Chemistry Project Challenges Students to Think Like Scientists

French philosopher Claude Levi-Strauss once said: “The scientist is not a person who gives the right answers; he is one who asks the right questions.” Twelfth graders in Advanced Chemistry learned to think like scientists by using their own questions as a starting point for a rigorous scientific research project.  

Teacher Hadda Ait Oukdim-Conte challenged her students to form a research project based on a personal topic of interest, and then design an experiment to test their findings. The young scientists investigated their topic using scientific journals, articles and other existing data. They then delved into the process of experimental design: selecting variables and controls, determining the nature and quantity of the samples, and analyzing the samples to draw meaningful conclusions.

“It’s been fun to see students so invested and engaged in their work,” says Hadda. Indeed, as these students saw firsthand, curiosity is the engine of scientific discovery!

Read on for a peek at some of the projects.

Romi K Chemistry Project

Romi K: Vitamin C Levels in Vegetables

What question were you trying to research? I was trying to learn the most effective way to cook vegetables to preserve the vitamin C content.

Inspiration: I’m interested in nutritional science, and am planning on majoring in nutrition in college.  

The process: I investigated the vitamin C levels in three different vegetables (bell peppers, broccoli and Brussels sprouts). First, I blended each vegetable. I cooked half of the puree in a microwave and left the rest raw. I then extracted the vitamin C to see the differing amounts of the nutrient between microwaved and raw vegetables.

What were the results? The data is still inconclusive, but I’m hoping that more testing and analysis will yield results.

Ed L Chemistry Project

Edward L: Algae Growth and the Ecosystem

What question were you trying to research? I wanted to find out what bolsters the growth of algae, and how algae blooms can harm the ecosystem.

Inspiration: I have a really strong interest in the ocean and want to pursue marine biology as a career path.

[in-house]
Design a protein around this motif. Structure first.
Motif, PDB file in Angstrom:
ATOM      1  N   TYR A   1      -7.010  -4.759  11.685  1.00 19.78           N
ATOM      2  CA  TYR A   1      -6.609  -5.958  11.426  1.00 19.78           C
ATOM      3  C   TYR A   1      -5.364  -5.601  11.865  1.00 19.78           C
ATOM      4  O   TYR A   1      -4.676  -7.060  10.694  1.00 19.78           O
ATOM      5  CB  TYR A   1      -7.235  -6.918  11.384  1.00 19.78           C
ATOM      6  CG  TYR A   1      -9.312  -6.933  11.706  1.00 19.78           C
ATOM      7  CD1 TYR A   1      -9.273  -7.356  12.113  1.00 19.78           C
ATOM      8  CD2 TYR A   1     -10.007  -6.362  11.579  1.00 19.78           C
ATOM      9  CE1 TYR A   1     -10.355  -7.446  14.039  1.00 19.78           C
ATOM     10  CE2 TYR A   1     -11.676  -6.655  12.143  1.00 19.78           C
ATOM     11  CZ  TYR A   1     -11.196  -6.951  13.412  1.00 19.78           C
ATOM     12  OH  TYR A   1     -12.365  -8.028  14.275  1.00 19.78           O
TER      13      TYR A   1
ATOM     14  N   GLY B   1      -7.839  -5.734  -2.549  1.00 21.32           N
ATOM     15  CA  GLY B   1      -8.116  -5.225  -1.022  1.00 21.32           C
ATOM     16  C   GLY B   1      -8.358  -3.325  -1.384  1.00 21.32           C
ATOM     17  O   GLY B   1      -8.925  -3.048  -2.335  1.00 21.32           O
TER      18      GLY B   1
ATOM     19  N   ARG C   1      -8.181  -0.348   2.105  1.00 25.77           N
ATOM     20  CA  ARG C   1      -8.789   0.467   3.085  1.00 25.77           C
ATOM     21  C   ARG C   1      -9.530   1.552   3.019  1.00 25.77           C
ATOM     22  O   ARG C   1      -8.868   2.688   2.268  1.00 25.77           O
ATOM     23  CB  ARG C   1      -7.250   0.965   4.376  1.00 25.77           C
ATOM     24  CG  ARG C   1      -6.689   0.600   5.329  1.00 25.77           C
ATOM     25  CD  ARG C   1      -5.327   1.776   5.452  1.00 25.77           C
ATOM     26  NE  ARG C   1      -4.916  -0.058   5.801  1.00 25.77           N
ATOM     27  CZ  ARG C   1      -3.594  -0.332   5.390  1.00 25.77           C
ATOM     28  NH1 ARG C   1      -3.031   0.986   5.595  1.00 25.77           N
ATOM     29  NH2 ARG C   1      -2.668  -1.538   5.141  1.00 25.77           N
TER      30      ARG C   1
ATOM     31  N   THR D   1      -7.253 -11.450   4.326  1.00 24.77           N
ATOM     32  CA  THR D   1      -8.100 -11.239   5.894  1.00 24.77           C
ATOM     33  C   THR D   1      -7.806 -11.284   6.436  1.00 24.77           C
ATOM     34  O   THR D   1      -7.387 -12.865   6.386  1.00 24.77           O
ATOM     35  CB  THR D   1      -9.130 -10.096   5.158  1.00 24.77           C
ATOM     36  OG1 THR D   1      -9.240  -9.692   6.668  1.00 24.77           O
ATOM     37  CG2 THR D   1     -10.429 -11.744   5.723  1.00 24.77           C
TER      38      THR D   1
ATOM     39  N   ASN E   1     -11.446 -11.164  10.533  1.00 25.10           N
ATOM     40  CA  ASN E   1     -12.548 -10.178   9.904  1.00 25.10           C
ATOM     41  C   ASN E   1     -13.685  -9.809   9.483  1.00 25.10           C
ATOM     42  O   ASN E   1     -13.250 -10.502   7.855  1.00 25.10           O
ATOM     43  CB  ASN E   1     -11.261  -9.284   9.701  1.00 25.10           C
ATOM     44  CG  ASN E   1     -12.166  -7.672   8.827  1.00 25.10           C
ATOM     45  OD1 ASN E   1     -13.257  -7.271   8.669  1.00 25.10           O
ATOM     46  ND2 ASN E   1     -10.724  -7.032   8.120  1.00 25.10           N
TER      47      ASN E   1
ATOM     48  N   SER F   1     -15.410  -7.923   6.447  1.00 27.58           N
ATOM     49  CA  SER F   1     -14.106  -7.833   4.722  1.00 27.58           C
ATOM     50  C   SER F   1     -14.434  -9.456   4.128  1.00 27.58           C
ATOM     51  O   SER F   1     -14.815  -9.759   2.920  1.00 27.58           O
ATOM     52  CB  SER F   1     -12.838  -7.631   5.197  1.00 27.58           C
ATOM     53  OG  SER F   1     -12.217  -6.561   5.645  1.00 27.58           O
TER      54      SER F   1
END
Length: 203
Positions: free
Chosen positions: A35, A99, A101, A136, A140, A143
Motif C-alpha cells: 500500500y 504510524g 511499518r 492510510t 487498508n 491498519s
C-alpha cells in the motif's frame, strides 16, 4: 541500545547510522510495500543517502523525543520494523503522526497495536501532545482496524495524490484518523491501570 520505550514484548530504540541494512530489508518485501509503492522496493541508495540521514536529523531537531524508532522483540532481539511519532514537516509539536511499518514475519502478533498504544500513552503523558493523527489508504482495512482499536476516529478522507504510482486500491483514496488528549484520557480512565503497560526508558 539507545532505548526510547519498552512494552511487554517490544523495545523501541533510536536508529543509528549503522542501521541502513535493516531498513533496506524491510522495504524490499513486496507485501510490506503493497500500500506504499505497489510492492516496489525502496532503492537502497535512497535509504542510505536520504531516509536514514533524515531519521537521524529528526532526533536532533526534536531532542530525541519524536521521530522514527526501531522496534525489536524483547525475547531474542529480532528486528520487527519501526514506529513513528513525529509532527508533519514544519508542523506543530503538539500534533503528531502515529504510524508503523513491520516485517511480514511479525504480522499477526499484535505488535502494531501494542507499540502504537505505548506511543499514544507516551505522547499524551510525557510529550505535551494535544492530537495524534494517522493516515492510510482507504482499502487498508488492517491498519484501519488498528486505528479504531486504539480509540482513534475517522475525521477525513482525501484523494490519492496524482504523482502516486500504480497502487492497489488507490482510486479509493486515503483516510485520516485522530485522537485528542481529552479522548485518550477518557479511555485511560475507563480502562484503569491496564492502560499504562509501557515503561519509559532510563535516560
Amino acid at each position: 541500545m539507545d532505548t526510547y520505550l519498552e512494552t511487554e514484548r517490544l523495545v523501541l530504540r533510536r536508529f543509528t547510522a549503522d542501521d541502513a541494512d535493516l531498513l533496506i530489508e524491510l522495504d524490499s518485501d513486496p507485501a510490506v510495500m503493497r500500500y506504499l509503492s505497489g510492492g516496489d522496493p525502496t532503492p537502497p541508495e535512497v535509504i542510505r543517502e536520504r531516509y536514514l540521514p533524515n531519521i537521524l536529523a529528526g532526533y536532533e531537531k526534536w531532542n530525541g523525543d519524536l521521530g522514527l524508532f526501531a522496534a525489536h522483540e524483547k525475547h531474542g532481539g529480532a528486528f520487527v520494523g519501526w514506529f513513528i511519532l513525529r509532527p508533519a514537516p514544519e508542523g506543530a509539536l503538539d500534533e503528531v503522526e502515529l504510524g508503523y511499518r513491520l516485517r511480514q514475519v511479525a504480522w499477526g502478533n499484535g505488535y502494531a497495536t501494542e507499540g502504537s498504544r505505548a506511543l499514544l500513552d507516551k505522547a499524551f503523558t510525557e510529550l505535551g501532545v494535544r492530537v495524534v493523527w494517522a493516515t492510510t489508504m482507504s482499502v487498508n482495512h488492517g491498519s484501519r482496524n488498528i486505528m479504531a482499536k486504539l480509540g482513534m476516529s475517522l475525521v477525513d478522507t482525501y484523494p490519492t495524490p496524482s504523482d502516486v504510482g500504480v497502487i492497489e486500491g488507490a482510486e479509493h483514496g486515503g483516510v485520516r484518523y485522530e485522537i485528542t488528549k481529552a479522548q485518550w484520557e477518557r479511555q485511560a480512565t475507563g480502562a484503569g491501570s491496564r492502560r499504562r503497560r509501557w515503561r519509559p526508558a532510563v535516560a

The process: I set up a series of bottles and added differing amounts of acid to see how the change in pH levels affected the growth of algae.

What were the results? If I used a very small amount of acid, there was more algae growth. It was interesting to see that a very slight change can actually help the growth of algae.

Eugene P Chemistry Project

Eugene P: Effect of Water Temperature on Caffeine

What question were you trying to research? I wanted to know whether the temperature at which you brew your coffee affects the amount of caffeine.

Inspiration: I’m fascinated by the connection between science and food. In fact, after taking a course called “The Chemistry of Food,” I was inspired to start Calhoun’s first cheese tasting club!

The process: I brewed coffee using water at different temperatures (95, 60 and 25 degrees Celsius), and then I used chemicals to extract the caffeine from the coffee. Next, I weighed the amount of caffeine particles in the coffee and compared it to the results at different temperatures.

What were the results? They were different than what I expected. I thought that at higher temperatures you would have less caffeine, since caffeine is an organic compound. But it turns out that the coffee brewed with water at 95 degrees resulted in the most caffeine.

Soren H Chemistry Project

Soren H: Acid Rain and Plant Damage

What question were you trying to research? I was trying to assess how acid rain affects different farm plants’ ability to germinate and produce food.

Inspiration: Acid rain is a huge – and growing – problem for agriculture, especially in places like China and Russia.

The process: I created an experiment that mirrored the effects of acid rain on three plants: basil, lettuce and Swiss chard. I separated the plants into seven petri dishes with three plant seedlings in each. I put a different level of acid in each petri dish, and used an additional petri dish with just water as the control group.

What were the results?  The Swiss chard was very vulnerable to acid rain – almost all of the plants died. Surprisingly, the basil and lettuce did very well, which gives me high hopes for the agriculture industry because these are both common crops.